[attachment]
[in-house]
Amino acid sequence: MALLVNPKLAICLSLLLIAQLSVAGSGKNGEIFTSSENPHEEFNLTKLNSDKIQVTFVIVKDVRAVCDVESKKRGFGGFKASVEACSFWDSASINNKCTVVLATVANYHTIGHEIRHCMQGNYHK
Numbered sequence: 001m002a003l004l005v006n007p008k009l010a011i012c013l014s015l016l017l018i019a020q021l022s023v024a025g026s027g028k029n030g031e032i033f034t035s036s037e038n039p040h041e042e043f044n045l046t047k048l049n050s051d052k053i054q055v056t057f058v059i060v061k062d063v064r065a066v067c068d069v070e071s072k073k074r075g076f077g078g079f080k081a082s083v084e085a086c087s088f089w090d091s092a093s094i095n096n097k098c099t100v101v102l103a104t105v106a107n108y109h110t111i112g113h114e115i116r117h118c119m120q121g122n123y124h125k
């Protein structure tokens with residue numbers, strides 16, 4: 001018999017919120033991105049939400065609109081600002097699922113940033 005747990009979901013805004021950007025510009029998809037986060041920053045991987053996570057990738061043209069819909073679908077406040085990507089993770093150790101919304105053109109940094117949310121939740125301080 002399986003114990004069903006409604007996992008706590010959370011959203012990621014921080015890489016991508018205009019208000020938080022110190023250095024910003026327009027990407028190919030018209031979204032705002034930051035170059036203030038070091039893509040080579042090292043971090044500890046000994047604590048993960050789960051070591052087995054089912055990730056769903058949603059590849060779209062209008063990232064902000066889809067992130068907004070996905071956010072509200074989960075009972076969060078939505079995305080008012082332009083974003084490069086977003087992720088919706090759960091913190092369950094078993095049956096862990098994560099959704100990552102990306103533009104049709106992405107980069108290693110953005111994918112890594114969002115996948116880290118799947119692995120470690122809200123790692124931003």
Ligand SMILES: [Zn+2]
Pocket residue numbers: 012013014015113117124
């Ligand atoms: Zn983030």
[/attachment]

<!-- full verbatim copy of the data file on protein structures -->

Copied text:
[in-house]
Amino acid sequence: MALLVNPKLAICLSLLLIAQLSVAGSGKNGEIFTSSENPHEEFNLTKLNSDKIQVTFVIVKDVRAVCDVESKKRGFGGFKASVEACSFWDSASINNKCTVVLATVANYHTIGHEIRHCMQGNYHK
Numbered sequence: 001m002a003l004l005v006n007p008k009l010a011i012c013l014s015l016l017l018i019a020q021l022s023v024a025g026s027g028k029n030g031e032i033f034t035s036s037e038n039p040h041e042e043f044n045l046t047k048l049n050s051d052k053i054q055v056t057f058v059i060v061k062d063v064r065a066v067c068d069v070e071s072k073k074r075g076f077g078g079f080k081a082s083v084e085a086c087s088f089w090d091s092a093s094i095n096n097k098c099t100v101v102l103a104t105v106a107n108y109h110t111i112g113h114e115i116r117h118c119m120q121g122n123y124h125k
């Protein structure tokens with residue numbers, strides 16, 4: 001018999017919120033991105049939400065609109081600002097699922113940033 005747990009979901013805004021950007025510009029998809037986060041920053045991987053996570057990738061043209069819909073679908077406040085990507089993770093150790101919304105053109109940094117949310121939740125301080 002399986003114990004069903006409604007996992008706590010959370011959203012990621014921080015890489016991508018205009019208000020938080022110190023250095024910003026327009027990407028190919030018209031979204032705002034930051035170059036203030038070091039893509040080579042090292043971090044500890046000994047604590048993960050789960051070591052087995054089912055990730056769903058949603059590849060779209062209008063990232064902000066889809067992130068907004070996905071956010072509200074989960075009972076969060078939505079995305080008012082332009083974003084490069086977003087992720088919706090759960091913190092369950094078993095049956096862990098994560099959704100990552102990306103533009104049709106992405107980069108290693110953005111994918112890594114969002115996948116880290118799947119692995120470690122809200123790692124931003």
Ligand SMILES: [Zn+2]
Pocket residue numbers: 012013014015113117124
């Ligand atoms: Zn983030």